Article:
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Variance in how HMRC deals with pensions and ISA errors 

18 June 2018

Gareth James, head of technical resources at AJ Bell, looks at the different handling of errors made under pensions and ISA wrappers under HMRC rules.

Errors occur when dealing with payments to and from financial products like pensions and ISAs. Many readers will have seen warnings in ISA literature cautioning investors who are transferring between ISAs not to withdraw funds from the ISA wrapper because paying funds back in will use up their ISA allowance.

Readers may not be as familiar with how the options for putting errors of this nature right can vary between different products and transactions, so it’s worth taking a moment to look at how this works in practice.

The rules governing the correction of both pension and ISA errors are set by HMRC. So it is a little surprising to find variance between the two products in terms of whether mistakes can be fixed in equivalent circumstances. Given both pensions and ISAs are tax-advantaged products, you’d expect broad consistency in how HMRC allows errors to be fixed. Surprisingly, this isn’t the case.

HMRC’s pension team uses the concept of ‘genuine errors’ to cover the circumstances when mistakes can or can’t be fixed. The key to whether a ‘genuine error’ has occurred, and so whether or not it can be put right, is whether there was intent in relation to a particular transaction.

For example, if a pension scheme member asks their bank to pay £5,000 into a pension, but the bank moves £50,000 in error, the fact the intent was to pay £5,000 means that £45,000 can be refunded as a genuine error.

On the other side of the coin, if a pension scheme member contributed £25,000 on the instructions of their accountant on the basis that this was their remaining annual allowance, but it later transpires that accrual to a DB pension was forgotten, the contribution can’t be refunded. The intent on the day of payment was to pay £25,000 and £25,000 was paid, so no genuine error and no refund.

A similar principle applies to payments from pensions. For example, if a pension scheme member crystallised benefits of £400,000 on the basis that this was their remaining lifetime allowance, but it later turned out that the calculation was wrong – perhaps because a reduction in available lifetime allowance from a pre A-Day pension hadn’t been considered in the calculations – the transaction could not be reversed as a genuine error. On the BCE date the intent was to crystallise £400,000, which is what happened, so no genuine error. This could result in retrospective tax charges for the member.

Looking at ISAs, interestingly HMRC’s equivalent technical team doesn’t even recognise the concept ‘genuine errors’. With ISAs if a transaction has occurred, it can’t be fixed purely because the investor didn’t intend it to happen.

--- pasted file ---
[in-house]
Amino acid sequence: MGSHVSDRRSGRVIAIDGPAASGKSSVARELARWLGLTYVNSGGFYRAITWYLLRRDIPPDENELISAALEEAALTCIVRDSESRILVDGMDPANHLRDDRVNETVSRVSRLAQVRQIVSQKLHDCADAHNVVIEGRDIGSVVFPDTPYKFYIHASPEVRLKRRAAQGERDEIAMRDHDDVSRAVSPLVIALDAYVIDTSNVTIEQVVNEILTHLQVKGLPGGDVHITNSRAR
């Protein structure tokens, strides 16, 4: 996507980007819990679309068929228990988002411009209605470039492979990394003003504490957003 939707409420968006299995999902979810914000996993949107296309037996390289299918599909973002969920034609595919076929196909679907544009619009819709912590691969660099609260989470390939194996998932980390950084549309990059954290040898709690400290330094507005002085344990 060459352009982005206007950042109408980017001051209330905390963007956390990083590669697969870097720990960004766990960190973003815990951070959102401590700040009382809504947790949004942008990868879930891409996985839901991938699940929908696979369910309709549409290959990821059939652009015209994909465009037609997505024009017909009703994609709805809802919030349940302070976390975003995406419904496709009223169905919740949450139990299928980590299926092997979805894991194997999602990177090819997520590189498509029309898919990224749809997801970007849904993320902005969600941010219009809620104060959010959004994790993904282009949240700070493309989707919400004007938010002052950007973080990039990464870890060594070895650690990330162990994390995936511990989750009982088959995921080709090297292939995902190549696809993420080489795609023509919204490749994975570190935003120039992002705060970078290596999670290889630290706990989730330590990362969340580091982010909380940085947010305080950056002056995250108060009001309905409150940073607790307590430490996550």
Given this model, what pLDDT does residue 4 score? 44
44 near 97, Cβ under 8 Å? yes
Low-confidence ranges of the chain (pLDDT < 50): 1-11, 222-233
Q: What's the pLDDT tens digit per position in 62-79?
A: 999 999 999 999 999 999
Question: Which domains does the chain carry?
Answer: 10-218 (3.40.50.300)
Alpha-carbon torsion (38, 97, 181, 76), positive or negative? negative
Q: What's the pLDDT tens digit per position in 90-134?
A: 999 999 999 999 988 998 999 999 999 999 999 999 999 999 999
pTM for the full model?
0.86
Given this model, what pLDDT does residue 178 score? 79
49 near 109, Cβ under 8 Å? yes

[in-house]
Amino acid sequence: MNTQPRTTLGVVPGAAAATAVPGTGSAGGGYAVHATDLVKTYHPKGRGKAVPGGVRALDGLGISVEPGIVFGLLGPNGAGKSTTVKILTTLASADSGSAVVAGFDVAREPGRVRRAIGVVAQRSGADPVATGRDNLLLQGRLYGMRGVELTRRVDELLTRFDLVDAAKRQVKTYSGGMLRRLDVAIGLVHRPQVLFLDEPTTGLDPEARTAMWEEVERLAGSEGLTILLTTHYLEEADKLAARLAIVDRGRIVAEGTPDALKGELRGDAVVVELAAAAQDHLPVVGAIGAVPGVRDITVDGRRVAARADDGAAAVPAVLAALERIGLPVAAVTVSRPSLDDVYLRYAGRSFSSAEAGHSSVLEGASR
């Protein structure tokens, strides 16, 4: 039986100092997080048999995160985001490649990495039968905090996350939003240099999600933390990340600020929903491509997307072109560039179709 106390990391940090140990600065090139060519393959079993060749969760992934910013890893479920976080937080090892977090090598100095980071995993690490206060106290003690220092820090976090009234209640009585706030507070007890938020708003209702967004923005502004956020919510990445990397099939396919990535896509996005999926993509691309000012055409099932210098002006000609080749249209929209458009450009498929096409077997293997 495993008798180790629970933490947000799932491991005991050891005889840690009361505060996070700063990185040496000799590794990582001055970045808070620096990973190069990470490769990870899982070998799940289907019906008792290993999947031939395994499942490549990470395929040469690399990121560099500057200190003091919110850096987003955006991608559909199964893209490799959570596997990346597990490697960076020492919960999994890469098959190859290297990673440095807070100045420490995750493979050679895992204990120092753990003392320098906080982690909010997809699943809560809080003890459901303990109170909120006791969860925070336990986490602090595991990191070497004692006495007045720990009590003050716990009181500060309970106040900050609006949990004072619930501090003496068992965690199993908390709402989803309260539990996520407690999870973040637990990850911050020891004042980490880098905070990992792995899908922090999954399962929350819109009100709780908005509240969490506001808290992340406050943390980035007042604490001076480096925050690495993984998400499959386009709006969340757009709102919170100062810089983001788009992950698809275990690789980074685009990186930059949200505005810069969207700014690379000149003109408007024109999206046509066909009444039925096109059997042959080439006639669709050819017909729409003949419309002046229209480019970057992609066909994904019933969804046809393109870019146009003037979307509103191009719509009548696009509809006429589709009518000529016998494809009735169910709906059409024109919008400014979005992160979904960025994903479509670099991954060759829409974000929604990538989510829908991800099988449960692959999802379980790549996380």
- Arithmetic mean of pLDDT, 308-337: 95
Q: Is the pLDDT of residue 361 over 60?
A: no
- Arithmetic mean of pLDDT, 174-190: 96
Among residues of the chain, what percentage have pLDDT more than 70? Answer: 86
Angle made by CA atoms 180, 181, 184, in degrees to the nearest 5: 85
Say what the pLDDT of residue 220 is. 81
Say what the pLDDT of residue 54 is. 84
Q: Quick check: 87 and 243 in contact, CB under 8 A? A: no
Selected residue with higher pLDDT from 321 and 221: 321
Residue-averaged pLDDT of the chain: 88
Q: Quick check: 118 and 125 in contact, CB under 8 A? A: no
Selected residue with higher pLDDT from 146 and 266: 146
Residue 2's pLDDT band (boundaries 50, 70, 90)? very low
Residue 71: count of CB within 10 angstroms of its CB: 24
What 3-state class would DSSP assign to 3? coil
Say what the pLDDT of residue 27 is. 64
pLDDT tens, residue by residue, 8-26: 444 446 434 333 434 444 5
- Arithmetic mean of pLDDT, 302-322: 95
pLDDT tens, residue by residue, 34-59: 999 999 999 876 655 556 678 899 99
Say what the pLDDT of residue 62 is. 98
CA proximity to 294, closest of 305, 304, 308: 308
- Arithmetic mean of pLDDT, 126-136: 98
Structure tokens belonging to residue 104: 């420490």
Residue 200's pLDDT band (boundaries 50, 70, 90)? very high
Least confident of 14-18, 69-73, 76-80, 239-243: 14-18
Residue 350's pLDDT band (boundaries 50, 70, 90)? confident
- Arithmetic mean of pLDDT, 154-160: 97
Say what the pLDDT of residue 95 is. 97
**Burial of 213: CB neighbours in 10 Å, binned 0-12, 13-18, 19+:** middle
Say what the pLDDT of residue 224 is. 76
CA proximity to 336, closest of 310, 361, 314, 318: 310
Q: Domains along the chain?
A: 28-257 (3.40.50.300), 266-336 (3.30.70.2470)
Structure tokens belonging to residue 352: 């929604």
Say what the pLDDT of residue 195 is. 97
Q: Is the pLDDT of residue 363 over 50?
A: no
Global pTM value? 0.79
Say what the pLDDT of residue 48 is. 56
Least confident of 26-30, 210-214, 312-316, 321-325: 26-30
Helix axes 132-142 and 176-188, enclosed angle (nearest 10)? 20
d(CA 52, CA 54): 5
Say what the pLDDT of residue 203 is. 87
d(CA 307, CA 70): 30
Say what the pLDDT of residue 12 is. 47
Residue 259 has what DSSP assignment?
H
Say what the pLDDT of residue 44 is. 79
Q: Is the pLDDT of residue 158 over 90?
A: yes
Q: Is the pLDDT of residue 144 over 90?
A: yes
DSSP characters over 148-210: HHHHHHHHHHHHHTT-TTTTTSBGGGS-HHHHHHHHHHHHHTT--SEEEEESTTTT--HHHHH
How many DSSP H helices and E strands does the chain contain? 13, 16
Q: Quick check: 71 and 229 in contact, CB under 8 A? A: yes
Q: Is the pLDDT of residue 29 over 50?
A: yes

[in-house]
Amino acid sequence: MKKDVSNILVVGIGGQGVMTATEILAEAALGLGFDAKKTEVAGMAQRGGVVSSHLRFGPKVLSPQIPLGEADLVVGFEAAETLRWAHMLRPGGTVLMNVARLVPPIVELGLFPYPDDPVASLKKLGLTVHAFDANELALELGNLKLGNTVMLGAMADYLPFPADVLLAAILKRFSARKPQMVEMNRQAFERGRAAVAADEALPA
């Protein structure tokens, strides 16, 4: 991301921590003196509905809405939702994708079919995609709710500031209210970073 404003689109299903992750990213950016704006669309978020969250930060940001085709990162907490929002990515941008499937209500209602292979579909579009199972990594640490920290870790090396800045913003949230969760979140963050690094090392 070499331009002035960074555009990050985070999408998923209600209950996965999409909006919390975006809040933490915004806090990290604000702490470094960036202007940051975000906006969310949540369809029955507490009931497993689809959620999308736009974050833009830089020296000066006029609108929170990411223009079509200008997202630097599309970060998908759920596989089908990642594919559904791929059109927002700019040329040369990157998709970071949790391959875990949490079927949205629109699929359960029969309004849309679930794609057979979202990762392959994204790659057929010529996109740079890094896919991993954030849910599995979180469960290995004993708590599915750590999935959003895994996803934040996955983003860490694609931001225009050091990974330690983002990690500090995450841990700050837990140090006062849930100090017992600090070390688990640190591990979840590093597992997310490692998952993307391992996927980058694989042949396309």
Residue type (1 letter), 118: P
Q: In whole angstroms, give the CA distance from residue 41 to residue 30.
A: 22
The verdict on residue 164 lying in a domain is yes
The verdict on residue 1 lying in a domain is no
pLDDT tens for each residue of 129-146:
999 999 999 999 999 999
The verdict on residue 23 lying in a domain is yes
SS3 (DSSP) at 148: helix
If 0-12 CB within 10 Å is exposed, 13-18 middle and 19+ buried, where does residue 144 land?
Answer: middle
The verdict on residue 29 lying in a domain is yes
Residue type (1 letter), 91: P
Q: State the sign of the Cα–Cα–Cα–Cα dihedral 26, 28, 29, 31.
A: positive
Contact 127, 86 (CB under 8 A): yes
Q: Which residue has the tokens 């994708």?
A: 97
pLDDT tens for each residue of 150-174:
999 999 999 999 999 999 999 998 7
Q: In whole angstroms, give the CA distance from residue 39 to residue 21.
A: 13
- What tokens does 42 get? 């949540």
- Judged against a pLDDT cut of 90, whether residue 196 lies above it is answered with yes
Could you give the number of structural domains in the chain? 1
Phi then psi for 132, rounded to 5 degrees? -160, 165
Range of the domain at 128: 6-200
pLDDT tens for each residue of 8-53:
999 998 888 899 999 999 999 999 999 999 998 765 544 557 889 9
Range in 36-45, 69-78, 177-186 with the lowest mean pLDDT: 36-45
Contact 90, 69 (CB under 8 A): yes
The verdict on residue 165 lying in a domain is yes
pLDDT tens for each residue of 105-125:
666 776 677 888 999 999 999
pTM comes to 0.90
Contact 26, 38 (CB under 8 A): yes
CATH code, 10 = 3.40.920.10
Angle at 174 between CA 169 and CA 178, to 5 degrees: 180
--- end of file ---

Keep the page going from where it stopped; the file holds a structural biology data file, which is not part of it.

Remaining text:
ISA subscriptions can typically only be refunded if the annual subscription limit has been breached. This breach is treated as an ISA manager error rather than an investor error, because the ISA manager should not have allowed the allowance to be breached, and so the amount subscribed above the limit can, in fact must, be refunded.

With the increasing use of electronic payments, and with the foibles of associated systems, this can cause unexpected issues.

It is more common than you might think for banking systems to indicate that an electronic payment has not fully completed, meaning the bank’s customer attempts to make the payment again only to find out that the original payment went through. The result, two payments.

You’d imagine this error could automatically be correct by the ISA manager returning the second payment. However, this will only be the case if, and to the extent, that the subscription allowance has been breached. For example, if a customer opened an ISA and instructed two payments of £10,000 in error, the allowance would not have been breached meaning the second payment could not simply be reversed. The investor could of course just withdraw the funds but, unless the ISA to which the payment was made was a flexible ISA, the investor would have used up all of their ISA allowance for that year. If the duplicated payment had been £15,000 rather than £10,000, the ISA manager would need to refund some of the second payment, but only to bring the investor back within the £20,000 subscription limit.

We regularly receive queries from customers and their advisers about the options for reversing payments to and from both pensions and ISAs. Many are surprised that ‘genuine error’ rules don’t cover situations where a pension transaction is carried out as intended, but only subsequently found to cause issues. Similarly, most are surprised that the ‘genuine error’ concept doesn’t exist at all for ISAs.